A journey into freedom

I discuss what I’ve discovered about non-free JavaScript and LibreJS.

So, let’s cover the base ground I guess. What is non-free JavaScript? This is the part where most (basically every single blog post/website I’ve seen) sites would include a link to Richard Stallman’s report titled “The JavaScript Trap”. Since I don’t really like reading and don’t necessarily want to follow in the footsteps of “traditional blogs”, I’ll sum it up really quick:

The community of “free software” doesn’t really approve of the concept of running non-free programs (programs which have restrictions on modifications and redistributions of the program) and the majority of the JavaScript code that is run on your browser is non-free. Most of the time, non-free programs “mistreats” its users (e.g. snooping, recording sensitive data, tracking you etc.), therefore non-free JavaScript should basically not be used. The alternative, is to use, say, a browser or a plugin that only allows free JavaScript to be run (JavaScript that you’re free to modify, and is also not obfuscated in any way). LibreJS detects non-free and obfuscated JavaScript and blocks it.

Using LibreJS

Despite the fact that I’m a very confident Google Chrome user and it is always the browser of choice that I fall back to time and time again, in order to use LibreJS I need to use either GNU IceCat (Think Firefox, but not fire and not a fox), or “any Mozilla browser” (according to the LibreJS webpage). Therefore, Firefox is the browser of choice on Windows, considering that GNU IceCat for Windows is no longer supported.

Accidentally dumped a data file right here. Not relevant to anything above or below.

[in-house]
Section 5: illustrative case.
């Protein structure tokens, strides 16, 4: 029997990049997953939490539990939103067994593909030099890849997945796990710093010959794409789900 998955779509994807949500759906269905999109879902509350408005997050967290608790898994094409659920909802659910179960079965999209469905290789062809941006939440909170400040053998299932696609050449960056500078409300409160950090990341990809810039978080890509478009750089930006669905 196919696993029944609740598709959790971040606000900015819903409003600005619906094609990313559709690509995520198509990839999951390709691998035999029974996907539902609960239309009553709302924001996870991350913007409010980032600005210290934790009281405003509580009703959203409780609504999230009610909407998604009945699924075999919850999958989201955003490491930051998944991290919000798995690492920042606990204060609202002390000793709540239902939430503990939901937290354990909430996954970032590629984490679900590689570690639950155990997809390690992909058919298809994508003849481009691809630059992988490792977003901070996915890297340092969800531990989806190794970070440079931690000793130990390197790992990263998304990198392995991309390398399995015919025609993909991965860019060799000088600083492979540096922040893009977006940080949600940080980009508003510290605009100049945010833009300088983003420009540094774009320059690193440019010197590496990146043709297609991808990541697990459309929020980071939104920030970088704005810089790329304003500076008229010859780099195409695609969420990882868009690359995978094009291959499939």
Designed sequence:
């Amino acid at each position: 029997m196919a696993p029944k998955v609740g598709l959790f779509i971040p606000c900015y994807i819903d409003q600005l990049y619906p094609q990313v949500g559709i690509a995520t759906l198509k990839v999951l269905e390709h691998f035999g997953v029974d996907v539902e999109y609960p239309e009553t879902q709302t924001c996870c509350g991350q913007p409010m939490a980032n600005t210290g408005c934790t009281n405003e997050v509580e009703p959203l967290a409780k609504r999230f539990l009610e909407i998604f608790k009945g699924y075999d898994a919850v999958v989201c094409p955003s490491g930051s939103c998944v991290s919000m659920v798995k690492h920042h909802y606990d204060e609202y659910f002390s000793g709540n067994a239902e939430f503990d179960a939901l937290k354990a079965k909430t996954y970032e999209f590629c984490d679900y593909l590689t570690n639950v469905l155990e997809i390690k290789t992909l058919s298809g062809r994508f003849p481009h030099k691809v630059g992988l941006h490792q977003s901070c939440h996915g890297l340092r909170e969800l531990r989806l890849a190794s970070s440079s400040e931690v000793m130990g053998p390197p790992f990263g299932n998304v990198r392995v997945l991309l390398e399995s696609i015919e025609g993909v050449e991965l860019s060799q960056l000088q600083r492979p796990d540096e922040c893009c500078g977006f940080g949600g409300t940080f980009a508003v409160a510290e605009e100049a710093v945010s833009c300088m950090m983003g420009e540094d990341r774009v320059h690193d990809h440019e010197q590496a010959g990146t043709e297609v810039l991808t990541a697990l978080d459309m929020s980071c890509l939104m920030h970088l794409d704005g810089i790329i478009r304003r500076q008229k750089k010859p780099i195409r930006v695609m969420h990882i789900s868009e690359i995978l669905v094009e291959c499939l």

After installing Firefox and the LibreJS extension for Firefox, I am ready to see what this thing does. Naturally, I decide to test this on my main website and LibreJS flags up the various non-free JavaScript code on the website and blocks it. After digging around, I find the various culprits: EasyTabs, which is a jQuery plugin that lets you easily add navigation tabs to a webpage, Hashchange which is used by EasyTabs, and various other JavaScript code snippets that I wrote to interact with EasyTabs and patch various… poorly implemented features. I take a look at the various licenses for the two jQuery plugins and discover that they’re dual licensed by the GPL3 and MIT licenses (I never knew that something could be covered by more than one license, but the more you know I guess!). While I am at it, I come up with the various licenses for the code I wrote and look at ways to tell LibreJS what licenses are applied to what JavaScript code.

Cooperating with LibreJS

Surprisingly, informing LibreJS that your JavaScript is free is quite straightforward and simple. There are two methods:

  • Putting some fancy comments in your JavaScript code that tells LibreJS what license it is covered by. It’s incredibly simple: Add a @license comment at the beginning of your code with the magnet link to the license and its license identifier, which is found under the list of free licenses, then add a @license-end comment to the end of your code. It’s really that simple.

    // @license [magnet link to license] [license identifier]